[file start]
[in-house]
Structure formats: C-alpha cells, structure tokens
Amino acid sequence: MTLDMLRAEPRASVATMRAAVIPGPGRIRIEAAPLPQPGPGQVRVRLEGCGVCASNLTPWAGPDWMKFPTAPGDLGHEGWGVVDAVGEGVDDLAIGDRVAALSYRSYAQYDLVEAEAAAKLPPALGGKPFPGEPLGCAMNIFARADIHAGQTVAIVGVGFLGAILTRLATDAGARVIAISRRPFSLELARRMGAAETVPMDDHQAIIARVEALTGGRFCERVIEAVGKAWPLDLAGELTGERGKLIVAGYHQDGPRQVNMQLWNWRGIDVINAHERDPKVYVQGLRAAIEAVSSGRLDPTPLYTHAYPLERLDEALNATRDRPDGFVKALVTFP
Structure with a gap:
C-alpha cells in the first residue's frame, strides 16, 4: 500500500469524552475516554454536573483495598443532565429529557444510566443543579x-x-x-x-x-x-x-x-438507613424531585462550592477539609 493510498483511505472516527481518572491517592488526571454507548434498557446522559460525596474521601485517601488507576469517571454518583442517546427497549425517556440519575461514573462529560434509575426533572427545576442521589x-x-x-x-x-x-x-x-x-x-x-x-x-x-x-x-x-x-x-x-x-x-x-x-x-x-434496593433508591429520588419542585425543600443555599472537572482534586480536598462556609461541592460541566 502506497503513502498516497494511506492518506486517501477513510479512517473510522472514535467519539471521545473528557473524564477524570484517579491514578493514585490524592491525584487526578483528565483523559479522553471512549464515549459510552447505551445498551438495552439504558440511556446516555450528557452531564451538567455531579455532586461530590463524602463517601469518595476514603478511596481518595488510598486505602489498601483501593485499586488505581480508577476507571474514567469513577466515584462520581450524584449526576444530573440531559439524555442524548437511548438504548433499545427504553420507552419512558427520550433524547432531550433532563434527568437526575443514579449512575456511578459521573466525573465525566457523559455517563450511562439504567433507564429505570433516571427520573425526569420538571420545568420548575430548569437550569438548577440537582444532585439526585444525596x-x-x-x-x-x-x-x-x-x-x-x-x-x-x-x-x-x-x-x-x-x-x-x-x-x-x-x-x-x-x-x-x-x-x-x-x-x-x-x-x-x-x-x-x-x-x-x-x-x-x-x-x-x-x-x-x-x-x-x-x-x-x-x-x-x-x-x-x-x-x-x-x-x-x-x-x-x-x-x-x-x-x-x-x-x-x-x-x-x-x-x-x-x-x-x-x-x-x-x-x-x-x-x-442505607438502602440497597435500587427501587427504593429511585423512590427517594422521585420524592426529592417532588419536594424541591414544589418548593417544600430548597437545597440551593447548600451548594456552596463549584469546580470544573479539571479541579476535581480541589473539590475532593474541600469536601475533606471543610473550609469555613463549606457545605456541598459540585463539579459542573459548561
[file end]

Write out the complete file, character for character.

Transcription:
[in-house]
Structure formats: C-alpha cells, structure tokens
Amino acid sequence: MTLDMLRAEPRASVATMRAAVIPGPGRIRIEAAPLPQPGPGQVRVRLEGCGVCASNLTPWAGPDWMKFPTAPGDLGHEGWGVVDAVGEGVDDLAIGDRVAALSYRSYAQYDLVEAEAAAKLPPALGGKPFPGEPLGCAMNIFARADIHAGQTVAIVGVGFLGAILTRLATDAGARVIAISRRPFSLELARRMGAAETVPMDDHQAIIARVEALTGGRFCERVIEAVGKAWPLDLAGELTGERGKLIVAGYHQDGPRQVNMQLWNWRGIDVINAHERDPKVYVQGLRAAIEAVSSGRLDPTPLYTHAYPLERLDEALNATRDRPDGFVKALVTFP
Structure with a gap:
C-alpha cells in the first residue's frame, strides 16, 4: 500500500469524552475516554454536573483495598443532565429529557444510566443543579x-x-x-x-x-x-x-x-438507613424531585462550592477539609 493510498483511505472516527481518572491517592488526571454507548434498557446522559460525596474521601485517601488507576469517571454518583442517546427497549425517556440519575461514573462529560434509575426533572427545576442521589x-x-x-x-x-x-x-x-x-x-x-x-x-x-x-x-x-x-x-x-x-x-x-x-x-x-434496593433508591429520588419542585425543600443555599472537572482534586480536598462556609461541592460541566 502506497503513502498516497494511506492518506486517501477513510479512517473510522472514535467519539471521545473528557473524564477524570484517579491514578493514585490524592491525584487526578483528565483523559479522553471512549464515549459510552447505551445498551438495552439504558440511556446516555450528557452531564451538567455531579455532586461530590463524602463517601469518595476514603478511596481518595488510598486505602489498601483501593485499586488505581480508577476507571474514567469513577466515584462520581450524584449526576444530573440531559439524555442524548437511548438504548433499545427504553420507552419512558427520550433524547432531550433532563434527568437526575443514579449512575456511578459521573466525573465525566457523559455517563450511562439504567433507564429505570433516571427520573425526569420538571420545568420548575430548569437550569438548577440537582444532585439526585444525596x-x-x-x-x-x-x-x-x-x-x-x-x-x-x-x-x-x-x-x-x-x-x-x-x-x-x-x-x-x-x-x-x-x-x-x-x-x-x-x-x-x-x-x-x-x-x-x-x-x-x-x-x-x-x-x-x-x-x-x-x-x-x-x-x-x-x-x-x-x-x-x-x-x-x-x-x-x-x-x-x-x-x-x-x-x-x-x-x-x-x-x-x-x-x-x-x-x-x-x-x-x-x-x-442505607438502602440497597435500587427501587427504593429511585423512590427517594422521585420524592426529592417532588419536594424541591414544589418548593417544600430548597437545597440551593447548600451548594456552596463549584469546580470544573479539571479541579476535581480541589473539590475532593474541600469536601475533606471543610473550609469555613463549606457545605456541598459540585463539579459542573459548561